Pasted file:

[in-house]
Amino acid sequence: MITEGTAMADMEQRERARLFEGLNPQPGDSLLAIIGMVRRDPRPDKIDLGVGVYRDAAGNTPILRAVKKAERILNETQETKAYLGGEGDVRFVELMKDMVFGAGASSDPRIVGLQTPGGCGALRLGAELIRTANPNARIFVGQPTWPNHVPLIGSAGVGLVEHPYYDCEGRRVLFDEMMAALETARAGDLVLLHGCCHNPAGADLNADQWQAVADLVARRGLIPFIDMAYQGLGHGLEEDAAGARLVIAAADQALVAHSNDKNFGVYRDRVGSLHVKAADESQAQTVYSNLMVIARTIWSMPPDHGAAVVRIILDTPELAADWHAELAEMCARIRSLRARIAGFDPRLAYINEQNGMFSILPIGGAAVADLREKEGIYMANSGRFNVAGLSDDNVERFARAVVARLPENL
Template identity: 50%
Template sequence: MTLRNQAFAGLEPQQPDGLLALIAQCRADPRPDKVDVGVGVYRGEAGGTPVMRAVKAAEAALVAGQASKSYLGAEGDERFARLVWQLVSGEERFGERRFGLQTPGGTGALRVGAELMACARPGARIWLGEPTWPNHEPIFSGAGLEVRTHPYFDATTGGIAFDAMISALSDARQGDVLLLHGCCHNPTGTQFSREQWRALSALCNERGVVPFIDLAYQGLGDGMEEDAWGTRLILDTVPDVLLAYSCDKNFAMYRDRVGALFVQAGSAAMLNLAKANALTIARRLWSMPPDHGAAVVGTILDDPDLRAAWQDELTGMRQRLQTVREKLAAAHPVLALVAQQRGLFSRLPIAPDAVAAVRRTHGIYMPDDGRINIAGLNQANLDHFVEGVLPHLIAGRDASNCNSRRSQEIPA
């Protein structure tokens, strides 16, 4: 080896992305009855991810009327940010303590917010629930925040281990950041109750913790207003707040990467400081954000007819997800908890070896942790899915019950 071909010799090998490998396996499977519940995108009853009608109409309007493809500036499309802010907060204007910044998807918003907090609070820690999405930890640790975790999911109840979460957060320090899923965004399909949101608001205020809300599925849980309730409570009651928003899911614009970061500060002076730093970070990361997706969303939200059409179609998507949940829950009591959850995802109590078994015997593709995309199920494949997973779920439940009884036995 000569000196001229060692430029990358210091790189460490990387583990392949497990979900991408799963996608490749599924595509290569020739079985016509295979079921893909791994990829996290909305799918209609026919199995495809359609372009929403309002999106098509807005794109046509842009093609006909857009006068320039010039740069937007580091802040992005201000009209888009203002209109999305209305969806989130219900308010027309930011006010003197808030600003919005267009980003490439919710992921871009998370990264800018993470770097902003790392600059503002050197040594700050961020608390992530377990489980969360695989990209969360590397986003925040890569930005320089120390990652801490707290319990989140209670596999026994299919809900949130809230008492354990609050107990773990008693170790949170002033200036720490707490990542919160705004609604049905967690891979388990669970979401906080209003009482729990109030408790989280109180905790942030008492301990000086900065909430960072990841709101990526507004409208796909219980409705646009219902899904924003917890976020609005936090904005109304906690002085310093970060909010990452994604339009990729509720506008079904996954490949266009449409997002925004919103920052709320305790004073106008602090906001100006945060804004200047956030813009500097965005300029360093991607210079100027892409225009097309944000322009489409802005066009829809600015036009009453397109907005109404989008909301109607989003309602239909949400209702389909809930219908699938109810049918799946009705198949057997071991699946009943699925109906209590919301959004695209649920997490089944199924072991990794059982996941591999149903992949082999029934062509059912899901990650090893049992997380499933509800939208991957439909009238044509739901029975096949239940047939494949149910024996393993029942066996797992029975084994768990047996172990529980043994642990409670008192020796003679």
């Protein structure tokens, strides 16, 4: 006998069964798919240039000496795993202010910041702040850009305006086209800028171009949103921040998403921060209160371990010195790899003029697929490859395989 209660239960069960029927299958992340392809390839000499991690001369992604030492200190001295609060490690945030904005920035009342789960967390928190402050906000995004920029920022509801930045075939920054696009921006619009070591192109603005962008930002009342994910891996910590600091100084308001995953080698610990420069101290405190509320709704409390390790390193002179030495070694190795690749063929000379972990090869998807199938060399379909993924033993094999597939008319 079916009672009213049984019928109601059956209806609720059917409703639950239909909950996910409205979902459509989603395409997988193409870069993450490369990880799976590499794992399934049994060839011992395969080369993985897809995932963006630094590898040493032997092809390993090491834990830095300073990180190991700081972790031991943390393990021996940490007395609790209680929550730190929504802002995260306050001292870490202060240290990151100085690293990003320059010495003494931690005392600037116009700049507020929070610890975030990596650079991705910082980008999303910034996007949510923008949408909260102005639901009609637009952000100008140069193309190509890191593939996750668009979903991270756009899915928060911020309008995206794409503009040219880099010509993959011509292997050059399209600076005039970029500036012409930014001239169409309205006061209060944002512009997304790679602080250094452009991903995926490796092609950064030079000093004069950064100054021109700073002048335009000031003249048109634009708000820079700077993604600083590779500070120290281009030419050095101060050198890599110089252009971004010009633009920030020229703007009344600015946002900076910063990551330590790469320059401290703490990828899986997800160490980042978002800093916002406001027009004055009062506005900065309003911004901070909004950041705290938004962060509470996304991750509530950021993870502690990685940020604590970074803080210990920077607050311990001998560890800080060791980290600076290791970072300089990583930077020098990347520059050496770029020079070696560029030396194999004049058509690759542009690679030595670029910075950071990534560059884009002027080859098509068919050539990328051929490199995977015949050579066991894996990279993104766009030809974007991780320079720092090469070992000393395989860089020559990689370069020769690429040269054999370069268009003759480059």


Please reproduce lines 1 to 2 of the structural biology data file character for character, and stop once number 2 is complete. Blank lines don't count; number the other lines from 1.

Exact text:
[in-house]
Amino acid sequence: MITEGTAMADMEQRERARLFEGLNPQPGDSLLAIIGMVRRDPRPDKIDLGVGVYRDAAGNTPILRAVKKAERILNETQETKAYLGGEGDVRFVELMKDMVFGAGASSDPRIVGLQTPGGCGALRLGAELIRTANPNARIFVGQPTWPNHVPLIGSAGVGLVEHPYYDCEGRRVLFDEMMAALETARAGDLVLLHGCCHNPAGADLNADQWQAVADLVARRGLIPFIDMAYQGLGHGLEEDAAGARLVIAAADQALVAHSNDKNFGVYRDRVGSLHVKAADESQAQTVYSNLMVIARTIWSMPPDHGAAVVRIILDTPELAADWHAELAEMCARIRSLRARIAGFDPRLAYINEQNGMFSILPIGGAAVADLREKEGIYMANSGRFNVAGLSDDNVERFARAVVARLPENL